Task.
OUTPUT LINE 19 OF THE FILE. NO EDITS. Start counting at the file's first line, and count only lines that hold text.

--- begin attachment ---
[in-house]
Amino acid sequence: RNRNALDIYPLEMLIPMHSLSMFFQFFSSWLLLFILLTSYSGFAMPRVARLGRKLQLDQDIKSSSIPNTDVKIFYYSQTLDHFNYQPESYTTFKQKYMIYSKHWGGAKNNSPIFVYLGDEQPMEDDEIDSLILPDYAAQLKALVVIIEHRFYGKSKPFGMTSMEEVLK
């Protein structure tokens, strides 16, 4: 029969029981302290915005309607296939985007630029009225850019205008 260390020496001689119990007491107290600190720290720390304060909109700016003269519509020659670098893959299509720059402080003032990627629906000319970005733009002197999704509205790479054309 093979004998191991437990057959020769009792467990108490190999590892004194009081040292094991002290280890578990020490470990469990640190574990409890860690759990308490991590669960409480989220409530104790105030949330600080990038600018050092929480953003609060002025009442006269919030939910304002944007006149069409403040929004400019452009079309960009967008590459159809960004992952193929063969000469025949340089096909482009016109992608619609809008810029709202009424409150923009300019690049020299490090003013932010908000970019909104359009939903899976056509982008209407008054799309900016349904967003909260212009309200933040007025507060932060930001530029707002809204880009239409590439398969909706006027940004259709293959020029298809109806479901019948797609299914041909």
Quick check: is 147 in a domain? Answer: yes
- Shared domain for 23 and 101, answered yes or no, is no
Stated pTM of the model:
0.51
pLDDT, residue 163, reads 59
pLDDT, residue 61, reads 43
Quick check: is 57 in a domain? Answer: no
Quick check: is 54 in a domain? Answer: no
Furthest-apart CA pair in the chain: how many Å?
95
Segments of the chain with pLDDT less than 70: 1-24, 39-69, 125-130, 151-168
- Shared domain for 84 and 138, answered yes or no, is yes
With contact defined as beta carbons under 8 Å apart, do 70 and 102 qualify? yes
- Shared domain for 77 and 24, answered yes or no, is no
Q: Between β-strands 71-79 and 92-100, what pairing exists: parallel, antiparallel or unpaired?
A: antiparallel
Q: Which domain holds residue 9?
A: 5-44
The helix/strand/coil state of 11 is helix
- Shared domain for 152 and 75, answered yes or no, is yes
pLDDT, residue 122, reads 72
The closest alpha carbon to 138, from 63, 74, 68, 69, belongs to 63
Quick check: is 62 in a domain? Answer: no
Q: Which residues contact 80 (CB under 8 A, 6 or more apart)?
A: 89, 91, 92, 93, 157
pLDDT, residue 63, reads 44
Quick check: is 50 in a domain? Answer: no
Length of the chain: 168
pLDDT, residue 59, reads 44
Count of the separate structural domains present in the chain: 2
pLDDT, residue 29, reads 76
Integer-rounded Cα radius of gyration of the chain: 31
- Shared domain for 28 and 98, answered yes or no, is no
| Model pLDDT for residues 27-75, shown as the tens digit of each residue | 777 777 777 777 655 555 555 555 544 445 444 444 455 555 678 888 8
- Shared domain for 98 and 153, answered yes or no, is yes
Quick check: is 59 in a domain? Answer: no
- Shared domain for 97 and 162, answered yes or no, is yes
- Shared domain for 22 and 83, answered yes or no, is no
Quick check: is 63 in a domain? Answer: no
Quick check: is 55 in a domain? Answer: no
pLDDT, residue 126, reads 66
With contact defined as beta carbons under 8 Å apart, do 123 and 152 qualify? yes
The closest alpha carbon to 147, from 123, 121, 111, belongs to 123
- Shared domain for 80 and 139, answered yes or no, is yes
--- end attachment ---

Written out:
A: antiparallel